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Northfield Paranormal Society investigates unusual activity



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NPS co-founder Lindsay French (center) and her dad spent a weekend with “Ghost Hunters” Grant Wilson (left) and Jason Hawes (right) at the Spaulding Inn in Whitefield last year to learn more about paranormal investigation. Courtesy photo. (click for larger version)
September 22, 2010
NORTHFIELD — While many people have experienced "things that go bump in the night" and shrugged them off, others have witnessed inexplicable, seemingly paranormal events that became so disruptive they turned to professionals for answers.

The Northfield Paranormal Society is prepared to help put people's minds at ease.

Fred French and his daughter Lindsay have a homegrown interest in unusual happenings, which prompted them to explore paranormal investigating. For years Fred and his wife Wendy have seen and heard things that led them to believe they were not the only residents in their home. As their children were born the events continued and they came to accept them as well.

"My sister would hear whistling in her room at night and she got so used to it she would just yell 'Shut up!' and go back to sleep," said Lindsay French.

With the advent of television shows like "Ghost Hunters," Lindsay French got her father interested in watching the investigations of hosts Jason Hawes and Grant Wilson, which got him thinking, she said.

"The show made Dad realize that maybe he should be paying attention to some of the things going on in his house," she said.

For Father's Day she got her mom and sister to chip in to purchase tickets for Fred and Lindsay French to go to a Ghost Hunters class in Whitefield where Hawes and Wilson own an old inn. Armed with Fred French's newly purchased high-tech equipment, father and daughter learned to use night shot vision cameras, digital voice recorders and meters that detect electro-magnetic fields of energy. And they came away with some pretty interesting experiences during their stay.

"We were sitting in the Carriage House doing an EVP session where we ask questions and listen to the voice recorders later to see if they picked up a response. I was asking Ted (an employee who died on the premises some years ago) if he liked sports. I have an audio tape where you can hear a man say 'Yes I do.' It was incredible," said Fred French.

His daughter got a photo of a face emerging by a pole in the dining room and they also caught the voice of an angry older woman telling them, "Get out."

After many discussions about investigating on their own, the pair started the Northfield Paranormal Society in March. Joining them were Molly Rice and "Fernando," who assists with the technical equipment.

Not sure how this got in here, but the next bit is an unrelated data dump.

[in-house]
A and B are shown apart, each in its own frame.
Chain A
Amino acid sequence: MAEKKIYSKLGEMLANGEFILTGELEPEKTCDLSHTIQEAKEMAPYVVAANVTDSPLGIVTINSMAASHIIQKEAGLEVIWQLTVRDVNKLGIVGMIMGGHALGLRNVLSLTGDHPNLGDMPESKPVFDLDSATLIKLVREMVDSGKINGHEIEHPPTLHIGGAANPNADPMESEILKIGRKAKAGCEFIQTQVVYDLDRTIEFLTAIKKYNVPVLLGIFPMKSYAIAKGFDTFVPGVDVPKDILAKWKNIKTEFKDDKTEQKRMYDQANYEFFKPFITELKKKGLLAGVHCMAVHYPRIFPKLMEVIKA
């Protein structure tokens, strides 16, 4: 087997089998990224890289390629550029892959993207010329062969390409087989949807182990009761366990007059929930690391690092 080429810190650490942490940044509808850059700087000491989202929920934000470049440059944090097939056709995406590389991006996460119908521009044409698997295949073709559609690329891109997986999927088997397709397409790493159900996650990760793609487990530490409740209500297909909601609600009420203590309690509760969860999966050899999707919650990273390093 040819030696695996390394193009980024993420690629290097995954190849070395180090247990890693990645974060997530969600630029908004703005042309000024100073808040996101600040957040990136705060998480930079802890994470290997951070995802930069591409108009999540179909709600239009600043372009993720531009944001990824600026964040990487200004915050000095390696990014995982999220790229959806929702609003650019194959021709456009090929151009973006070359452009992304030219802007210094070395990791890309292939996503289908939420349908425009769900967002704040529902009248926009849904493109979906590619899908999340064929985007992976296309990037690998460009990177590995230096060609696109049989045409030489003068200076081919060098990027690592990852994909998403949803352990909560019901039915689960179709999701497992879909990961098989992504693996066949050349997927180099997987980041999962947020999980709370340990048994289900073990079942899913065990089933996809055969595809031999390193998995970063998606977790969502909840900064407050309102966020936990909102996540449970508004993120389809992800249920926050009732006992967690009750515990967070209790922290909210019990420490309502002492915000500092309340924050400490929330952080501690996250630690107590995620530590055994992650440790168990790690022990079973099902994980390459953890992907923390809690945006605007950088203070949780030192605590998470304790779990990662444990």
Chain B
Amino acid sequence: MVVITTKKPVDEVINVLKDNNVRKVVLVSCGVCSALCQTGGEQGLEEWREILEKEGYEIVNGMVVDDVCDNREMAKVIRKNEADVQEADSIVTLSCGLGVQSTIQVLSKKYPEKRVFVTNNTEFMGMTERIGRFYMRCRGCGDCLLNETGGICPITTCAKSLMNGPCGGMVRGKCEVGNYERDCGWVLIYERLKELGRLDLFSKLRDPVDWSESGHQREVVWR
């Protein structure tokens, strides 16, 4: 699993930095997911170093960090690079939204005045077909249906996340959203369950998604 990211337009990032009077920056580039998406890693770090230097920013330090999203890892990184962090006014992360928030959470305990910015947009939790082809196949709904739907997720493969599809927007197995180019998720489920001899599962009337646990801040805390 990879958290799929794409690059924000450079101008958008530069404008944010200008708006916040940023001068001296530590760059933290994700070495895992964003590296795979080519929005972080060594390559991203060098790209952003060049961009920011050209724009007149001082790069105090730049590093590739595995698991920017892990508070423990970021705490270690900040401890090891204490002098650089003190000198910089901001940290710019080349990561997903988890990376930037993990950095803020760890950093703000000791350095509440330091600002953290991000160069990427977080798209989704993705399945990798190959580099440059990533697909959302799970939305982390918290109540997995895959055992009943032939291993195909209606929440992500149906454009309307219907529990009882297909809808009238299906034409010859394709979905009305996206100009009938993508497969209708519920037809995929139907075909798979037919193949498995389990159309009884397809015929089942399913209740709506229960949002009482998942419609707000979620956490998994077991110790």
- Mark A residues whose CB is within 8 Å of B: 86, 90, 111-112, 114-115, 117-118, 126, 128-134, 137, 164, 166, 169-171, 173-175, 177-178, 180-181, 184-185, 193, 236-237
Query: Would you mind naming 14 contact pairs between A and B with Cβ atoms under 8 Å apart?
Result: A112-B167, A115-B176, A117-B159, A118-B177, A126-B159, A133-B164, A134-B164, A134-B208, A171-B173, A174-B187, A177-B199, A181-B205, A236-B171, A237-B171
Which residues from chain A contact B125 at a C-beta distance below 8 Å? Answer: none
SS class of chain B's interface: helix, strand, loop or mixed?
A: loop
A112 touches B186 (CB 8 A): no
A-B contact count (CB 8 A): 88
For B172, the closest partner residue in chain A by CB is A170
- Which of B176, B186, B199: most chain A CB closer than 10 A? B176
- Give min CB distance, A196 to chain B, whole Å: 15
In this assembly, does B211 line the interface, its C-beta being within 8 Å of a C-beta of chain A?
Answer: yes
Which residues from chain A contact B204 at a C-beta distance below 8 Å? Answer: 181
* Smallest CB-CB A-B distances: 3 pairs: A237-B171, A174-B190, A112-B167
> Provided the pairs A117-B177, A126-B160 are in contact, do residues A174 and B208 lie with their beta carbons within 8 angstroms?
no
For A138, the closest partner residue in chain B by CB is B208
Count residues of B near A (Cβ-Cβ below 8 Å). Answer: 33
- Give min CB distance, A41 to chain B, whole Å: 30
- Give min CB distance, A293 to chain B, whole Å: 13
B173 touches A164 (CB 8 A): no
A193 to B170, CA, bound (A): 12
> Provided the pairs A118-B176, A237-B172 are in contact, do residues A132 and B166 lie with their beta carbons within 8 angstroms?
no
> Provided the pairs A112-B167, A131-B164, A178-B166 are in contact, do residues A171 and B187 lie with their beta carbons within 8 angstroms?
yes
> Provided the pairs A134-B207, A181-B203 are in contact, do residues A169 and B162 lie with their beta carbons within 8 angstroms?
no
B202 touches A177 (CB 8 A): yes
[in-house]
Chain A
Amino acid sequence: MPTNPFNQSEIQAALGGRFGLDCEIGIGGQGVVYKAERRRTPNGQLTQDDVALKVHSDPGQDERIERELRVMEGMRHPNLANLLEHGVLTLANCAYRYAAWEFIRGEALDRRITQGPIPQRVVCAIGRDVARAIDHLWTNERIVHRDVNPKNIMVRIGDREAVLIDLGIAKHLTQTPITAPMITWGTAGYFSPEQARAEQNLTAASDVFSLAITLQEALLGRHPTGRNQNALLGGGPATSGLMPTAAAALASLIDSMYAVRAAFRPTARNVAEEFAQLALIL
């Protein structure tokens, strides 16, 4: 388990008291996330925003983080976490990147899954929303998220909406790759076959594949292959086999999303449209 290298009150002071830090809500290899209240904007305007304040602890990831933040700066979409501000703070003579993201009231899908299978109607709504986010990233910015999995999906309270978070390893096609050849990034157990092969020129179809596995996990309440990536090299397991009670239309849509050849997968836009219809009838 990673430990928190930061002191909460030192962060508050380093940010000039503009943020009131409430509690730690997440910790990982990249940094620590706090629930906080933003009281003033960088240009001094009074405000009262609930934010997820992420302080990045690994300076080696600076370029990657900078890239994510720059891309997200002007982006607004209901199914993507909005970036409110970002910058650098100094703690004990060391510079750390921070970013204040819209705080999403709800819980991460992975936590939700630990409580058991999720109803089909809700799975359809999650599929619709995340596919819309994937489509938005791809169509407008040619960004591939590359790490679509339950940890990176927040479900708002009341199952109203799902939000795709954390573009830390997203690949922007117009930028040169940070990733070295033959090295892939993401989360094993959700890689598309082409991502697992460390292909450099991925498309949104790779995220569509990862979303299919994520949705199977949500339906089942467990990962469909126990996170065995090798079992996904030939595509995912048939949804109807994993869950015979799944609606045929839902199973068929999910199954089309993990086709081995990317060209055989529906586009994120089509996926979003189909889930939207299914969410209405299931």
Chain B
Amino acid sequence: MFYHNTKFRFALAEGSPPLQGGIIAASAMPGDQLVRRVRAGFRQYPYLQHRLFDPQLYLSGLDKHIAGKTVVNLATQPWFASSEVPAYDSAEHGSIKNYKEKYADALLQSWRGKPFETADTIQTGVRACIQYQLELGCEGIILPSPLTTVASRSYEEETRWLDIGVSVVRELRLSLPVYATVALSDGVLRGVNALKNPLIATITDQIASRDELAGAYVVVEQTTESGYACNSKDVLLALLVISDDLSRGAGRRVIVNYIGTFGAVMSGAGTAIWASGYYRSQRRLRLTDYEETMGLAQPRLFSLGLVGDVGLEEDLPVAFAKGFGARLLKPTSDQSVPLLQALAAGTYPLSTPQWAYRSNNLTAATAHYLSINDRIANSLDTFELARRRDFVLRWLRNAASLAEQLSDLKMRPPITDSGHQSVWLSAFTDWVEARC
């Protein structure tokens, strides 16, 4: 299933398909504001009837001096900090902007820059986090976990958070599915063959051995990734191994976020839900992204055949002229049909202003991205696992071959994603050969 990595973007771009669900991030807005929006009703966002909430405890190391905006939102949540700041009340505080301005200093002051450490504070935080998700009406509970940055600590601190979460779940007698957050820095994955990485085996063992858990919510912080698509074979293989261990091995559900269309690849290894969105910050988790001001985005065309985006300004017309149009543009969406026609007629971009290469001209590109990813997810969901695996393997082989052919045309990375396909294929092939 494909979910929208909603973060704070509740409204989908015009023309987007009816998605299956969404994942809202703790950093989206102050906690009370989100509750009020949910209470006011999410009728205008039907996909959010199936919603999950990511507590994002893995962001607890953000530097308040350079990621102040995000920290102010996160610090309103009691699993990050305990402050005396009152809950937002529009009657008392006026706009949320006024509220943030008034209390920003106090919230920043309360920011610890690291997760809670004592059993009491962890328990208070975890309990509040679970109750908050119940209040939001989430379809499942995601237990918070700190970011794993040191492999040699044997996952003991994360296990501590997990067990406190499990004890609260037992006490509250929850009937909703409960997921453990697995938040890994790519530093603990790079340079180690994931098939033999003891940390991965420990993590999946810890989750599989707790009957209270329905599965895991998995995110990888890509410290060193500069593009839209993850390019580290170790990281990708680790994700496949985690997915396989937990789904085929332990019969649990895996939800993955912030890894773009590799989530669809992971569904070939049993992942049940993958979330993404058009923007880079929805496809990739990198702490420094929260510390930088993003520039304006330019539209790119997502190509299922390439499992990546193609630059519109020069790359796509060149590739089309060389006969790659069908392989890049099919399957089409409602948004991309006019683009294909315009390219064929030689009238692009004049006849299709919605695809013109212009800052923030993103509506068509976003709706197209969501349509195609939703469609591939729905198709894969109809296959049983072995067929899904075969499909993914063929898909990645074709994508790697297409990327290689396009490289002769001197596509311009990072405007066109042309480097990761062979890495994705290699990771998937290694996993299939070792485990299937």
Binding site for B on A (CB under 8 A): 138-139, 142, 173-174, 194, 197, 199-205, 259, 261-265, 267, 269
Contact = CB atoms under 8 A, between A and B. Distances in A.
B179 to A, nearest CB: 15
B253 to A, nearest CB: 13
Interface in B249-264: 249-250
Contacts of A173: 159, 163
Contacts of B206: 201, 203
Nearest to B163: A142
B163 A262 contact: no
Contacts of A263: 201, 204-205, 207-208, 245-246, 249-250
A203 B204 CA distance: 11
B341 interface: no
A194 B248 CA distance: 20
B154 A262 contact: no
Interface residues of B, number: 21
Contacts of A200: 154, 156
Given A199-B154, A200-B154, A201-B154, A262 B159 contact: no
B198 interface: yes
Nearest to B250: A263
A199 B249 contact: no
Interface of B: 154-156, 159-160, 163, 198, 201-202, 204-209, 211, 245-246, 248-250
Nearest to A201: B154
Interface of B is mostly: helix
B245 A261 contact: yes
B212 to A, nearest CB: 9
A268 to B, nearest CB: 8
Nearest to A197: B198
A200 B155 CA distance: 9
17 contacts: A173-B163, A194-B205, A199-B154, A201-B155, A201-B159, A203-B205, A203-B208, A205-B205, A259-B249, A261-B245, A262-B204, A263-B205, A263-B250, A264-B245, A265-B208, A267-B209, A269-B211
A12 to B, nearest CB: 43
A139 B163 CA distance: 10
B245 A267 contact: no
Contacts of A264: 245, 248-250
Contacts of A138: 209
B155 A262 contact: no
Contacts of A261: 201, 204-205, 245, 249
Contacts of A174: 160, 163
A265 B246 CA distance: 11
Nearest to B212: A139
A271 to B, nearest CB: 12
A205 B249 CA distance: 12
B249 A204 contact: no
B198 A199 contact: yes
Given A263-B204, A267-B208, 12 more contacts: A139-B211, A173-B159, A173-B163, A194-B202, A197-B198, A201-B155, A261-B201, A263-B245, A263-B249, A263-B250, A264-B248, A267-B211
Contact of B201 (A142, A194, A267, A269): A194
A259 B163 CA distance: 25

The Frenches are quick to point out their focus is to find the truth behind activity people report and often it can have a rational explanation.

"We did a home in Laconia where the owner felt it was possessed by some demonic presence. His wife was ill from it and they had a lot of unexplained feeling and occurrences," said Fred French.

When NPS brought their equipment in they discovered a high energy field in the residence, emanating from an old television set and wiring in the home. High levels of electricity can cause uneasiness, nausea, depression and anxiety. The homeowner's mind was put at ease once he knew the source of their problems.

"That's what I enjoy most about doing this - helping people and giving them an explanation for what's happening," said Fred French.

Not everything is paranormal and getting to the bottom of a case helps people go on with their lives. But, not everything is easily explained either, such as the Alexandria home NPS recently visited. The woman who owns the home is so accustomed to voices she keeps a recorder going all the time to catch what she may not hear. She has even asked questions when she felt a presence and come up with a list of names she hears on her recorder. Checks at Town Hall have revealed they were names of people who had formerly owned the property.

"We investigated but didn't get a whole lot that night. The (entities) may have followed her when she went next door to her mother's house that night so we'll go back again and she'll stay there with us," he said.

Lindsay French said she and a friend who accompanied her had a few personal experiences and even picked up a few faint words on tape.

"We couldn't make out some of it but you can hear the word 'No' in answer to one of our questions. You get that a lot; they don't always want you around," she said.

Helping people understand they aren't in danger or the ability to provide a logical explanation is NPS's goal. Fred French keeps a few special prayers tucked away in case anything not so friendly is found but, so far so good, they reported.

NPS offers their service at no charge. They understand people are often leery about contacting groups like theirs for fear of being ridiculed, so the group guarantees confidentiality in their investigations. Homeowners are also provided with a DVD of any hard evidence they collect.

"Dad and I swap our evidence to double check anything we pick up on the recorders and video. As the saying goes, 'Any doubt, throw it out,' so we only keep things that are definitely unexplained," said Lindsay French.

Working on investigations has brought the pair closer together. Fred French is disabled and Lindsay said it is great to see him have something that interests him so much and they can share. His desire to help others and his thirst for knowledge makes paranormal investigating the perfect past time for him, she said. They have also made a lot of new friends around the country who are in groups similar to NPS.

Anyone interested in joining the group or requesting an investigation can contact NPS through northfieldparanormalsociety.com.

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